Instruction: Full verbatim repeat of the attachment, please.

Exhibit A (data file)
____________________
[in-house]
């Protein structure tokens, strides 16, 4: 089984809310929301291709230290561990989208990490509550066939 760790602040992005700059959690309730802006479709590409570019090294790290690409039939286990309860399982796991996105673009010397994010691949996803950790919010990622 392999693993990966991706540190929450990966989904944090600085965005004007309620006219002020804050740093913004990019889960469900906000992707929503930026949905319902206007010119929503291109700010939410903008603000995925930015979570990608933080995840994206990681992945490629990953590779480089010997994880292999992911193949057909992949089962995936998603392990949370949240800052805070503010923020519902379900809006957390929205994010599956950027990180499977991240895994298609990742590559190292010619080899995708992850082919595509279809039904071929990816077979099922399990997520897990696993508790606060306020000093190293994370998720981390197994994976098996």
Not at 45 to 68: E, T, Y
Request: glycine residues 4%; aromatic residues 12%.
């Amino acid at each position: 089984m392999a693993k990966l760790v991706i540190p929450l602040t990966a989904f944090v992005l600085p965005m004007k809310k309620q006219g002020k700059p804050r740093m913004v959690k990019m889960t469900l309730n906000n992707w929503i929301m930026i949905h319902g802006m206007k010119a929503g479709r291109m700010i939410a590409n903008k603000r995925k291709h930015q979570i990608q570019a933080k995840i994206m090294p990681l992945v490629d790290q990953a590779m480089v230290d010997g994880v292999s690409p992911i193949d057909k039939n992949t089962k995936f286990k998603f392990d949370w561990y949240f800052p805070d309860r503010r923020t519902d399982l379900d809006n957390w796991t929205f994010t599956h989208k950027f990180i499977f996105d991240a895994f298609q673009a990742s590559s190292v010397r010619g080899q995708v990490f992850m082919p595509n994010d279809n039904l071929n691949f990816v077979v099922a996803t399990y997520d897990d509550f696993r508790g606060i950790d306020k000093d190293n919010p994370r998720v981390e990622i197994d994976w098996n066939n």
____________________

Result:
[in-house]
């Protein structure tokens, strides 16, 4: 089984809310929301291709230290561990989208990490509550066939 760790602040992005700059959690309730802006479709590409570019090294790290690409039939286990309860399982796991996105673009010397994010691949996803950790919010990622 392999693993990966991706540190929450990966989904944090600085965005004007309620006219002020804050740093913004990019889960469900906000992707929503930026949905319902206007010119929503291109700010939410903008603000995925930015979570990608933080995840994206990681992945490629990953590779480089010997994880292999992911193949057909992949089962995936998603392990949370949240800052805070503010923020519902379900809006957390929205994010599956950027990180499977991240895994298609990742590559190292010619080899995708992850082919595509279809039904071929990816077979099922399990997520897990696993508790606060306020000093190293994370998720981390197994994976098996």
Not at 45 to 68: E, T, Y
Request: glycine residues 4%; aromatic residues 12%.
């Amino acid at each position: 089984m392999a693993k990966l760790v991706i540190p929450l602040t990966a989904f944090v992005l600085p965005m004007k809310k309620q006219g002020k700059p804050r740093m913004v959690k990019m889960t469900l309730n906000n992707w929503i929301m930026i949905h319902g802006m206007k010119a929503g479709r291109m700010i939410a590409n903008k603000r995925k291709h930015q979570i990608q570019a933080k995840i994206m090294p990681l992945v490629d790290q990953a590779m480089v230290d010997g994880v292999s690409p992911i193949d057909k039939n992949t089962k995936f286990k998603f392990d949370w561990y949240f800052p805070d309860r503010r923020t519902d399982l379900d809006n957390w796991t929205f994010t599956h989208k950027f990180i499977f996105d991240a895994f298609q673009a990742s590559s190292v010397r010619g080899q995708v990490f992850m082919p595509n994010d279809n039904l071929n691949f990816v077979v099922a996803t399990y997520d897990d509550f696993r508790g606060i950790d306020k000093d190293n919010p994370r998720v981390e990622i197994d994976w098996n066939n």